I'm writing in English, the lingua franca for linguistics terms? Anyhow, I'm assuming that some book or paper will expound this:

Etymology [moisir - Wiktionary]

From Vulgar Latin *mŭcēre, from Latin mūcēre, from mūcus.
For the regular phonetic evolution of [Latin] -ēre > [French] -ir after palatal -c-, see also gésir, loisir, plaisir.

  • A lingua franca aims at making things simpler but involves in itself an added complexity, why complicate things by establishing several such means of simplification that will each increase this supplementary task?
    – LPH
    Commented Jul 23, 2019 at 4:12

1 Answer 1


I'm not aware of a recent paper that develops the phenomenon, but most manuals of Old French or about the phonetic development of French from Latin will have a paragraph on this (for example, J.-M. PIERRET, Phonétique historique du français et notions de phonétique générale, p. 198; P. BOYD-BOWMAN, From Latin to Romance in Sound Charts, pp 32-35; or even Wikipedia)

The root mechanism at work here is that the sequence /jej/ or /ɪ̯eɪ̯/ in Old French contracted to /i/ around the 10th century. This happened whatever the source of the yods, be it inherited from Latin (1), a diphthong (1, 2, 3, 4), a lenited consonant (2), a palatal offglide after a palatalised consonant (2, 4) or a palatal offglide ejected from a posttonic syllable (1, 3):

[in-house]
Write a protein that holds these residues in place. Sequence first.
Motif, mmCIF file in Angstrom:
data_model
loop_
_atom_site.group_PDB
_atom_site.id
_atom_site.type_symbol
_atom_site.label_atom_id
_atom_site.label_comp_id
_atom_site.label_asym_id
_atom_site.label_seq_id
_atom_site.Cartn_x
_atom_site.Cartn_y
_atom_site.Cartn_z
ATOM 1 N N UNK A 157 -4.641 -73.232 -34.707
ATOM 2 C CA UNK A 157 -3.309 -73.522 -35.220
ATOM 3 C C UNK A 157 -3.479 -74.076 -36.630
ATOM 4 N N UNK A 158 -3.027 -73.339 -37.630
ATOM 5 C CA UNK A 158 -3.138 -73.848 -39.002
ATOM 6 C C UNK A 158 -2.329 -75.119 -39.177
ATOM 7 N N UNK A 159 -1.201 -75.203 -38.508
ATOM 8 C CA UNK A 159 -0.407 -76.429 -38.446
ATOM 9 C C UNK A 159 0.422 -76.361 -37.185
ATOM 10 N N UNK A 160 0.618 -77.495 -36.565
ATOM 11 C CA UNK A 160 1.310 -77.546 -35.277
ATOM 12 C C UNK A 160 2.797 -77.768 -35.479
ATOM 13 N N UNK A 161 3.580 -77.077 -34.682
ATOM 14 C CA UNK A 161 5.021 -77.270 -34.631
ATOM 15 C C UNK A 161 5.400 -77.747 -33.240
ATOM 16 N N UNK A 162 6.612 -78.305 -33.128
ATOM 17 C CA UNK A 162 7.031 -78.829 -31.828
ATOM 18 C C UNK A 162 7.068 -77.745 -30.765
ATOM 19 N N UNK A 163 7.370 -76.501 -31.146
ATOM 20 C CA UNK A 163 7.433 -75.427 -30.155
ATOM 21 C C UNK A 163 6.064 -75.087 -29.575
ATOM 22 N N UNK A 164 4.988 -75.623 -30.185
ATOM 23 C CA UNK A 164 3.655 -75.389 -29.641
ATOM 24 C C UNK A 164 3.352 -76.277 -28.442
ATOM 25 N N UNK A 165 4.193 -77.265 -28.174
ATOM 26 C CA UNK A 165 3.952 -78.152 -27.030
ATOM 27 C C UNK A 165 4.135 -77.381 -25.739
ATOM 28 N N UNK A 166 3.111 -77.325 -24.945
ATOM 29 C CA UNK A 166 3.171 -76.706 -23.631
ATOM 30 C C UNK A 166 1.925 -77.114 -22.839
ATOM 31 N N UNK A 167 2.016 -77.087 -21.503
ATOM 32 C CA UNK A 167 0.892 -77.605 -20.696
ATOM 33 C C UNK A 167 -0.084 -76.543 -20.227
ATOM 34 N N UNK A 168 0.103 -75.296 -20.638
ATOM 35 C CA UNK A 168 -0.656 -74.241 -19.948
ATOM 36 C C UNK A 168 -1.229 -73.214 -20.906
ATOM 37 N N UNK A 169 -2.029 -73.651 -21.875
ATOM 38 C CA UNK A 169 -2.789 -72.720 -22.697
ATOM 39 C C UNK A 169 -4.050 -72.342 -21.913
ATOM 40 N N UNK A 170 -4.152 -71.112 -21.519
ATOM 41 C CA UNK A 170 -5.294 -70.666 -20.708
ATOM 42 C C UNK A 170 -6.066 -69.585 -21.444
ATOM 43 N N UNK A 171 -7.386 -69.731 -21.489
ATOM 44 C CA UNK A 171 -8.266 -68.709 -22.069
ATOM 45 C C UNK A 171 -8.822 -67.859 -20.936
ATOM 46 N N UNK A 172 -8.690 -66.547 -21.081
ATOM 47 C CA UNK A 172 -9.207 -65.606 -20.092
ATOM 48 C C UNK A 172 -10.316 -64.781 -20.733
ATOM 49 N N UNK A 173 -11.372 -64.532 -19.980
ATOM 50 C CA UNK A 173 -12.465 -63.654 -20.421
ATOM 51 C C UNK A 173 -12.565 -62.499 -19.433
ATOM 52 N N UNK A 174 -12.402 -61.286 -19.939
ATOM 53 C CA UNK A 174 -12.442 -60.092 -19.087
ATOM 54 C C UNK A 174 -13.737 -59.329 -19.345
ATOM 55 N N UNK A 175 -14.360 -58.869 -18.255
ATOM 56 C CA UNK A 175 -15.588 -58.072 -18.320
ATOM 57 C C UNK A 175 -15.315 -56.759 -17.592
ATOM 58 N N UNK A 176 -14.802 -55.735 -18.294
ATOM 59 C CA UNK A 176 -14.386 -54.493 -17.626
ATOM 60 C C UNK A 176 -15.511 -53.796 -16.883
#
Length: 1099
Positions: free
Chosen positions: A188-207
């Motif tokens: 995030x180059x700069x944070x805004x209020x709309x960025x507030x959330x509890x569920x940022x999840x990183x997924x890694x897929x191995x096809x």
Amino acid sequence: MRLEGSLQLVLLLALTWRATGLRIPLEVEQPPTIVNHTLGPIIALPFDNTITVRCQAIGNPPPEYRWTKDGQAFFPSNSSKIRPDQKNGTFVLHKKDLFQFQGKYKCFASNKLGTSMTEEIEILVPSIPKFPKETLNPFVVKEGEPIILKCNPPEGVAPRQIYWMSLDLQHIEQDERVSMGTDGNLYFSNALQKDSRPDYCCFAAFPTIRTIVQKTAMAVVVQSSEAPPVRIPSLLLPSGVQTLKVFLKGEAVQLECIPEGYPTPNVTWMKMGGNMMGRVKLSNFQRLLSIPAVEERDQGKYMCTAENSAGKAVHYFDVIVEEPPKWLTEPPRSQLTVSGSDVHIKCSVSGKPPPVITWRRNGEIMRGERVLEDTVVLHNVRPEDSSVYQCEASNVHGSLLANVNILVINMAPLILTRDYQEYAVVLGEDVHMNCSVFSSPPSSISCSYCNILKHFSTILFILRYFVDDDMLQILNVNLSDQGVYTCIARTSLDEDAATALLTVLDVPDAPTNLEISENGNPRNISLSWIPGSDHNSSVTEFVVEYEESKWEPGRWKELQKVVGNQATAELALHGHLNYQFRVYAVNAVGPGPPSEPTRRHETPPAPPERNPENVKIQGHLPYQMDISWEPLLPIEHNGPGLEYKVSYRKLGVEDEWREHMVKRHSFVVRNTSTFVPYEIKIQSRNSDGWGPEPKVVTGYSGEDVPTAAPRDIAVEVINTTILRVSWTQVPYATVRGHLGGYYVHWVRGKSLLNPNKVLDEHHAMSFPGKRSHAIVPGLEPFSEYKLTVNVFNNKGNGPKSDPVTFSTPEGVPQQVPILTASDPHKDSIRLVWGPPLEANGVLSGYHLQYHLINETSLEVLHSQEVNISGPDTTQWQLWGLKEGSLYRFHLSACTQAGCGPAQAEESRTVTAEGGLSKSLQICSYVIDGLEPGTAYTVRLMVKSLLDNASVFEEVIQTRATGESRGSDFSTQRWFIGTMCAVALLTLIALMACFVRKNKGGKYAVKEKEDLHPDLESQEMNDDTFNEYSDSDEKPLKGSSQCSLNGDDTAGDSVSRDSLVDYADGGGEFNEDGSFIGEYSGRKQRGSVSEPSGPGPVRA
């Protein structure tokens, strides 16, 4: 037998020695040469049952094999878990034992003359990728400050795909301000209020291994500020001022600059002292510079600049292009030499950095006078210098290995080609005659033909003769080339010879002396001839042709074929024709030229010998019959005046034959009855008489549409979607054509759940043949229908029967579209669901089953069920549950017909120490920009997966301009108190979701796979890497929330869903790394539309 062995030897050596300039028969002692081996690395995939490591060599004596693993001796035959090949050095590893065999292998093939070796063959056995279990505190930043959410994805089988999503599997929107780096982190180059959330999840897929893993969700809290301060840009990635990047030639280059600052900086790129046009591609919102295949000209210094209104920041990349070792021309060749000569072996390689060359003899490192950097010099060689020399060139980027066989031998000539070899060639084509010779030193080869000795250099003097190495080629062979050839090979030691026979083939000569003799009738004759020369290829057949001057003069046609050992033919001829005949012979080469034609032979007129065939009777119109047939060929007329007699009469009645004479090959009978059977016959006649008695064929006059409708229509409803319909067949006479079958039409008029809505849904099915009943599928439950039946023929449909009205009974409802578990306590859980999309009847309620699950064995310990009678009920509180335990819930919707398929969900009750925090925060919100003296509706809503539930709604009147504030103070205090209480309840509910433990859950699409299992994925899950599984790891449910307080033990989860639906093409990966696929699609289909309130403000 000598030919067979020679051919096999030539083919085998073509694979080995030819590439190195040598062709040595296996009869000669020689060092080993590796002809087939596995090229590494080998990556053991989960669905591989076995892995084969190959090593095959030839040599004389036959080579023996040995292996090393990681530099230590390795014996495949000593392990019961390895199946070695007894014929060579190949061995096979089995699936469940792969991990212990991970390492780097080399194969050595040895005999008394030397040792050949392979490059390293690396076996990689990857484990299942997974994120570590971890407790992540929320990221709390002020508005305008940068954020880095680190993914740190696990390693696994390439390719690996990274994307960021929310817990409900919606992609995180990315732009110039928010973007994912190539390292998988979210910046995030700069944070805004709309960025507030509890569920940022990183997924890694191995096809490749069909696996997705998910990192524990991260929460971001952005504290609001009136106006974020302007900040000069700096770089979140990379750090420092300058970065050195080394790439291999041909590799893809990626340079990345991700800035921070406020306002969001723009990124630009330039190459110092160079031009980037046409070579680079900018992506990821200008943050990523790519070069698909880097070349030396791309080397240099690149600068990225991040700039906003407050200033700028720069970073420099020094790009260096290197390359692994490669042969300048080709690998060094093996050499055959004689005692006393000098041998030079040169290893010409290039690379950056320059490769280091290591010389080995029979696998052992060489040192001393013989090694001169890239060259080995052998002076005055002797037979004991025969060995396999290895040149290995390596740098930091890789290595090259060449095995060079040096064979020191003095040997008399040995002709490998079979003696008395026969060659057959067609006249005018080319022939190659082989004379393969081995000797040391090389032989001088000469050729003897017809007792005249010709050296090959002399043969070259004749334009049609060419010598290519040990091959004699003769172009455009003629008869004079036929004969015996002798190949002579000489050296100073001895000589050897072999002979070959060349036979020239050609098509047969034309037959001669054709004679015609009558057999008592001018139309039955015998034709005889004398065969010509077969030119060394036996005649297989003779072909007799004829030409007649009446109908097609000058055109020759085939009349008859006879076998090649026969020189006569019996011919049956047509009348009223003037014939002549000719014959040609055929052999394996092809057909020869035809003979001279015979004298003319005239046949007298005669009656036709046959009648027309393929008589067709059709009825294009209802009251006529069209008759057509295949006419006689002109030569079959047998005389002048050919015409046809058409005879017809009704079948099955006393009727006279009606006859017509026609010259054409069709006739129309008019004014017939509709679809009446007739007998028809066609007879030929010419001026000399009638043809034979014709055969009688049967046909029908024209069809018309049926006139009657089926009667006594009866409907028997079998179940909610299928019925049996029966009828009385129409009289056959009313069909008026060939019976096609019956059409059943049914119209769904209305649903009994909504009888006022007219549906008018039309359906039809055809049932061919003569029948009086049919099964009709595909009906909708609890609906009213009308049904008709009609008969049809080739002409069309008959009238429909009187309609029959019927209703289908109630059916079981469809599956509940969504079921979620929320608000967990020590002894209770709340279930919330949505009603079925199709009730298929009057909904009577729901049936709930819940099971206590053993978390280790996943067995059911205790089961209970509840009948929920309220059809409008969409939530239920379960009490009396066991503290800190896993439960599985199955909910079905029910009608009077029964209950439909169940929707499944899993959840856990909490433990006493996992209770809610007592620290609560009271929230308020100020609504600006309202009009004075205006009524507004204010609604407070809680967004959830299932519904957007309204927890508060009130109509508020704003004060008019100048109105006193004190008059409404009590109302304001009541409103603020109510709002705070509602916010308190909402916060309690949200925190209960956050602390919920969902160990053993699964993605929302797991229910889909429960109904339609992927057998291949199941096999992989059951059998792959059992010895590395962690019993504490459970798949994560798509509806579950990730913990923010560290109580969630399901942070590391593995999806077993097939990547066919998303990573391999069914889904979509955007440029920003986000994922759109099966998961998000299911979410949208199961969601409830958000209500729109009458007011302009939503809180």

1. Peior /'pej.jor/ -> vulgar */'pɛ.jɔr/ -> pre-French */'pɛj.rɔ/ (metathesis of ɔr then ejection of yod to the preceding syllable) -> OF /'pɪ̯ej.rə/ (diphthongisation of the once open /ɛ/ to /ɪ̯e/ -> /'pi.rə/ pire

  2. cacat /'ka.kat/ -> pre-French */'kʲɛ.ɣaθ/ -> OF /t͡ʃʲe.jə(θ)/ -> /t͡ʃi.ə/ chie

  3. Decem /ˈde.kem/ -> vulgar */'dɛ.kʲɛ/ -> pre-French */dɛj.t͡sɛ/ -> OF /dɪ̯ejt͡s/ -> /dit͡s/ dix

  4. Cēram /'keː.ram/ -> vulgar */kʲe.ra/ -> OF /'t͡sʲeɪ̯.rə/ -> /'t͡si.rə/ cire

This is what happened to the infinitive suffix -ēre after /k/. /k/ was palatalised by /e/ to /t͡sʲ/ while the open syllable /e/ diphthongised to /eɪ̯/. Normally, /t͡sʲ/ would have evolved to /z/ and /eɪ̯/ to /wa/, but next to each other they formed a /jej/ sequence which reduced to /i/.

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